6.3 Colour ...........................................................................................................................................................................................................11

6.4 Details ..........................................................................................................................................................................................................13

6.5 Geometry ...................................................................................................................................................................................................14

7 Reporting results ..............................................................................................................................................................................................16

7.1 General ........................................................................................................................................................................................................16

7.2 Example report for tone reproduction results .........................................................................................................16

7.3 Gain modulation .................................................................................................................................................................................17

7.4 Dynamic range......................................................................................................................................................................................19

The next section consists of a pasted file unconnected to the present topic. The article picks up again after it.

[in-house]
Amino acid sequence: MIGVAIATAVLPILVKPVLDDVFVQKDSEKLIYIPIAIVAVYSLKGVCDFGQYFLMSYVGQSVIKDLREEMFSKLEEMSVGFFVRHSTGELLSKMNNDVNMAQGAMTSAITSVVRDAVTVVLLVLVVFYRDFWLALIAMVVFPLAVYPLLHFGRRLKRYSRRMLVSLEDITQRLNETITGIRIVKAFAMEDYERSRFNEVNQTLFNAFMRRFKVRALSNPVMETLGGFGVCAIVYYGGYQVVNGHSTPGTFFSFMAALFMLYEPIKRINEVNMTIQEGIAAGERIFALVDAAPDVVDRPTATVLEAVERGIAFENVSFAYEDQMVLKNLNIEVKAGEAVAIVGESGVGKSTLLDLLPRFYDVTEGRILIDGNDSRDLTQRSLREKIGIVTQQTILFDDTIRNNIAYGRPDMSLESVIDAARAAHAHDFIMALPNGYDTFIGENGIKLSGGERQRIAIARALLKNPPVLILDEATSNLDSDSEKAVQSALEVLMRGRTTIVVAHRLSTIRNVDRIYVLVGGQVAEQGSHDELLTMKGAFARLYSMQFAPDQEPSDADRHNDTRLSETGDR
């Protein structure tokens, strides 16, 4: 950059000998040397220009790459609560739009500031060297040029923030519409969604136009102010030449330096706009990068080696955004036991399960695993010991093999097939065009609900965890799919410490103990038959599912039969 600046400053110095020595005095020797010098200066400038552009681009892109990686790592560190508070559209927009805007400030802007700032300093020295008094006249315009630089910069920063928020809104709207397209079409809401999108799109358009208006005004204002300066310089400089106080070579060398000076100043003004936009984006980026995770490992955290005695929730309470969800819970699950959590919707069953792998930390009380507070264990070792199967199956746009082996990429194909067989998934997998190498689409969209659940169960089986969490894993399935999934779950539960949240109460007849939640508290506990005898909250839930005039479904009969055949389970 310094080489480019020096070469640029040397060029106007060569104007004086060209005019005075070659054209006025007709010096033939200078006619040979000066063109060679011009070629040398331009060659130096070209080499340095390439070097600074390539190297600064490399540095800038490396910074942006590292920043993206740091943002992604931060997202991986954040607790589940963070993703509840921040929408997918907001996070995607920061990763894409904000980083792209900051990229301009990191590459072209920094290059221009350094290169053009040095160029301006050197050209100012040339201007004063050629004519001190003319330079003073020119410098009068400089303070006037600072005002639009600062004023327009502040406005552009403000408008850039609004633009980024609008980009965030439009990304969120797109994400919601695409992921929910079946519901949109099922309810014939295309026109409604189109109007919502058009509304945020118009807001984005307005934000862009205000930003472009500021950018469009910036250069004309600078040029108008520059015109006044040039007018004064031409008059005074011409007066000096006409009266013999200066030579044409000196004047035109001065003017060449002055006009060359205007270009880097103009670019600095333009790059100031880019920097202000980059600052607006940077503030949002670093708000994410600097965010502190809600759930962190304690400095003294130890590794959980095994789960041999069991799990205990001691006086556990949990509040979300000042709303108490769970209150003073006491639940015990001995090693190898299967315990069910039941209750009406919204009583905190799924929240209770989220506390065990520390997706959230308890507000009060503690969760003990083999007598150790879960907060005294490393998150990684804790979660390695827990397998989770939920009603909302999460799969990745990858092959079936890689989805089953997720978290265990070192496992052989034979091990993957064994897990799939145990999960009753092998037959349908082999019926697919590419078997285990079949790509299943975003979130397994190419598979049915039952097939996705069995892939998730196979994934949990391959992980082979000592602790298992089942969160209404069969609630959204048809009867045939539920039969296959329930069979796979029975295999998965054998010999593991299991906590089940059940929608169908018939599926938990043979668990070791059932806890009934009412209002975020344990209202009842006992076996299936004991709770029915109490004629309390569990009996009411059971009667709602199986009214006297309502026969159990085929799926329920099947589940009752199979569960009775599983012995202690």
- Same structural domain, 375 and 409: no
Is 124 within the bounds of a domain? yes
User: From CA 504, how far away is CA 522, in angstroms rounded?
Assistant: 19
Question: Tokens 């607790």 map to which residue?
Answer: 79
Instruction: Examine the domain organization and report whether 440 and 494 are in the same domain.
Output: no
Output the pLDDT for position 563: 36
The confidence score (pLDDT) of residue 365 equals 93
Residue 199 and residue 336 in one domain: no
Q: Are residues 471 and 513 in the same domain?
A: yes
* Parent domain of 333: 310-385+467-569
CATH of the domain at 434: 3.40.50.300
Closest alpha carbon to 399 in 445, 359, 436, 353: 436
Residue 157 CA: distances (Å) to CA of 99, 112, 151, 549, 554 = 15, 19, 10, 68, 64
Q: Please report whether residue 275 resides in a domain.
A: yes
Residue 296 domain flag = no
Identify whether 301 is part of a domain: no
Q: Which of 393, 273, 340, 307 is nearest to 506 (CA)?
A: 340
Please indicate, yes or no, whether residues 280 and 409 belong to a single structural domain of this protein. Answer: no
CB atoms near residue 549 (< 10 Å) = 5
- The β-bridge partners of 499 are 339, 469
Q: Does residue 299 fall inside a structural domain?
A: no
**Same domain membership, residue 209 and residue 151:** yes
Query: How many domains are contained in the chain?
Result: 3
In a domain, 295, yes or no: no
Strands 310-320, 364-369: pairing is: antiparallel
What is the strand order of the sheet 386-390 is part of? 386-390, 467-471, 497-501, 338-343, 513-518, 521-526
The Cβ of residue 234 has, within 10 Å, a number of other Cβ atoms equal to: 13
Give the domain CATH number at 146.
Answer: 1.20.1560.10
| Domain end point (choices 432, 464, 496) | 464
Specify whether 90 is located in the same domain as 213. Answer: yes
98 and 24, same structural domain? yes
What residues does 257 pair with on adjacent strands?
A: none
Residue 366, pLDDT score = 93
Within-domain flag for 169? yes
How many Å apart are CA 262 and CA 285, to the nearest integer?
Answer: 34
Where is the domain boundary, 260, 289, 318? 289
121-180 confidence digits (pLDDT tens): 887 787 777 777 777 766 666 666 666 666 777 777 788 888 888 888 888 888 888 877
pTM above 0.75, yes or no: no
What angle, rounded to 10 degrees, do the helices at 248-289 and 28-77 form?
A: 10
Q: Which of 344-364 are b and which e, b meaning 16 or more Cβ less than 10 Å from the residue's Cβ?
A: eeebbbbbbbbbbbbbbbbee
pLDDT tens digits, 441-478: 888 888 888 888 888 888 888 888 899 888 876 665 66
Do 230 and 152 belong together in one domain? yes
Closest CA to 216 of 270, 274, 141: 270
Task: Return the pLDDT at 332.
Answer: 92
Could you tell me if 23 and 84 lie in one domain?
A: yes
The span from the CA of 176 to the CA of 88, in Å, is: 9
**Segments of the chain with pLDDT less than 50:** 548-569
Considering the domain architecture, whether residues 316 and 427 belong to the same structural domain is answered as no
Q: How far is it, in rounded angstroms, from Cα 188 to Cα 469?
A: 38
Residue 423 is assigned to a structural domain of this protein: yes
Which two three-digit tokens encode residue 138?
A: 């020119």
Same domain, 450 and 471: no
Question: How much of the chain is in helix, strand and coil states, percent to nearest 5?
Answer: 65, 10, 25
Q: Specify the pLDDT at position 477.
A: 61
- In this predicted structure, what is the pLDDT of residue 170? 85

7.5 Noise .............................................................................................................................................................................................................19

7.6 Banding .......................................................................................................................................................................................................20

7.7 Defect pixels ...........................................................................................................................................................................................22

7.8 White balance........................................................................................................................................................................................22

7.9 Colour reproduction ........................................................................................................................................................................23

7.10 Colour mis-registration ................................................................................................................................................................24

7.11 Sampling rate.........................................................................................................................................................................................24

7.12 Resolution ................................................................................................................................................................................................24

7.13 MTF 50/MTF 10 ..................................................................................................................................................................................24

7.14 Sharpening ...............................................................................................................................................................................................24

7.15 Acutance ....................................................................................................................................................................................................24

7.16 Lightness non-uniformity ...........................................................................................................................................................24